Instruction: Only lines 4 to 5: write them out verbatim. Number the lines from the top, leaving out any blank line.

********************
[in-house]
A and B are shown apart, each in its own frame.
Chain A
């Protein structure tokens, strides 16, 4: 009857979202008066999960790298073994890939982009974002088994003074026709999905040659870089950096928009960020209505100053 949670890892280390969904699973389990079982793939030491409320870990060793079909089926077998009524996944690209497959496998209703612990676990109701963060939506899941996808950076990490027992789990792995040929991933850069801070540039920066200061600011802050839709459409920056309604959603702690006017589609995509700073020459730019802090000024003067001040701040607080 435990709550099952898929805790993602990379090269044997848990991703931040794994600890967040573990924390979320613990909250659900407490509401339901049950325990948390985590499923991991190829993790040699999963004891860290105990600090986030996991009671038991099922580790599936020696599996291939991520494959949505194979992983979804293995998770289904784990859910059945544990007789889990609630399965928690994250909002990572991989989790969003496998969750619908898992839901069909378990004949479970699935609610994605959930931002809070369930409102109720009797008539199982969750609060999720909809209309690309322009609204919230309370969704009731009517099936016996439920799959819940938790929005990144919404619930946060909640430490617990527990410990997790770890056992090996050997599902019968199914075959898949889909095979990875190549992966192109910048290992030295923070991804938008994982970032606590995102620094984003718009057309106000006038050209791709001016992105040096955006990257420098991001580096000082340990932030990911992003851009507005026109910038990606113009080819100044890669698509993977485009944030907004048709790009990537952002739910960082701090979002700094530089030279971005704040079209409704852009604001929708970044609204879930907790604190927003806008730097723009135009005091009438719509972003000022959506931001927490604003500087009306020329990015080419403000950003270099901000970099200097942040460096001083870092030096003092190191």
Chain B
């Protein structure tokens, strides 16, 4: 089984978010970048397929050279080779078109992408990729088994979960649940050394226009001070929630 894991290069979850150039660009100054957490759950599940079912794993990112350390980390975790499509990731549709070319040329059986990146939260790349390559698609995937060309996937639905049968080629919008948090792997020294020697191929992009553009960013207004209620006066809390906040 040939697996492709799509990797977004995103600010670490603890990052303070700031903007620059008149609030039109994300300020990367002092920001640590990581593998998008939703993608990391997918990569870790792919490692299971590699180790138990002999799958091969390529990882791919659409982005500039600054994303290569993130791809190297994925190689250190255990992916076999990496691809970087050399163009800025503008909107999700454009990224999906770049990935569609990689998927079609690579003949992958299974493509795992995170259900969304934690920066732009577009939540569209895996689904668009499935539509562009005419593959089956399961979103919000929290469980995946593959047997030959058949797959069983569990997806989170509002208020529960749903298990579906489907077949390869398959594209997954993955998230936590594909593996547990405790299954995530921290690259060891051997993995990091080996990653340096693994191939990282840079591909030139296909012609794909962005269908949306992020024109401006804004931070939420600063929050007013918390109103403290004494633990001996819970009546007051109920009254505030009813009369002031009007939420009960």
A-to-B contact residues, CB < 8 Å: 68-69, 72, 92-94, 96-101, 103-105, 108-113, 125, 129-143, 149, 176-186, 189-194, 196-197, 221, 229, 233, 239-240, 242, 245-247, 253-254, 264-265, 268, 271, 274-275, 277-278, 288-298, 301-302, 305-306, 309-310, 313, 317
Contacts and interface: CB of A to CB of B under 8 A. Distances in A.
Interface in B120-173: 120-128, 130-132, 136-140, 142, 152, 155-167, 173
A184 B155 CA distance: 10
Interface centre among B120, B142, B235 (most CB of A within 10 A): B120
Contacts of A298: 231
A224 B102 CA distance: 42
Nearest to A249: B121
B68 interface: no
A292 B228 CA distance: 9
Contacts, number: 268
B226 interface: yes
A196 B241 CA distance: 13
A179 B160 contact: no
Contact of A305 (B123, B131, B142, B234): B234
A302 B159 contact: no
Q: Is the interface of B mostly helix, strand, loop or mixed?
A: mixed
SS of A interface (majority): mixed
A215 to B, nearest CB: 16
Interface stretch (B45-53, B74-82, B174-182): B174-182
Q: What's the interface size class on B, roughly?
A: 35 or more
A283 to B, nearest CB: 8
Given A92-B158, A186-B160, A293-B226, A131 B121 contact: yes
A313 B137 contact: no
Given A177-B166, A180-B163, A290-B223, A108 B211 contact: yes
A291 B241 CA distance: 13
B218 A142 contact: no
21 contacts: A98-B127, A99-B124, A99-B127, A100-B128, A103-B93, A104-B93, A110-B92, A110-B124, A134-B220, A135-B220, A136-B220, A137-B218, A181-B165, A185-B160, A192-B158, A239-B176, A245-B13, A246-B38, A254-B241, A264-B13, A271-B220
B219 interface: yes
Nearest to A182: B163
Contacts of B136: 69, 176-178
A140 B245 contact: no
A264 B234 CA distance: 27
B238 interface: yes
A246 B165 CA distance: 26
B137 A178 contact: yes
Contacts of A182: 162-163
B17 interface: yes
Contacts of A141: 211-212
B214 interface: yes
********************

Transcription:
């Protein structure tokens, strides 16, 4: 009857979202008066999960790298073994890939982009974002088994003074026709999905040659870089950096928009960020209505100053 949670890892280390969904699973389990079982793939030491409320870990060793079909089926077998009524996944690209497959496998209703612990676990109701963060939506899941996808950076990490027992789990792995040929991933850069801070540039920066200061600011802050839709459409920056309604959603702690006017589609995509700073020459730019802090000024003067001040701040607080 435990709550099952898929805790993602990379090269044997848990991703931040794994600890967040573990924390979320613990909250659900407490509401339901049950325990948390985590499923991991190829993790040699999963004891860290105990600090986030996991009671038991099922580790599936020696599996291939991520494959949505194979992983979804293995998770289904784990859910059945544990007789889990609630399965928690994250909002990572991989989790969003496998969750619908898992839901069909378990004949479970699935609610994605959930931002809070369930409102109720009797008539199982969750609060999720909809209309690309322009609204919230309370969704009731009517099936016996439920799959819940938790929005990144919404619930946060909640430490617990527990410990997790770890056992090996050997599902019968199914075959898949889909095979990875190549992966192109910048290992030295923070991804938008994982970032606590995102620094984003718009057309106000006038050209791709001016992105040096955006990257420098991001580096000082340990932030990911992003851009507005026109910038990606113009080819100044890669698509993977485009944030907004048709790009990537952002739910960082701090979002700094530089030279971005704040079209409704852009604001929708970044609204879930907790604190927003806008730097723009135009005091009438719509972003000022959506931001927490604003500087009306020329990015080419403000950003270099901000970099200097942040460096001083870092030096003092190191």
Chain B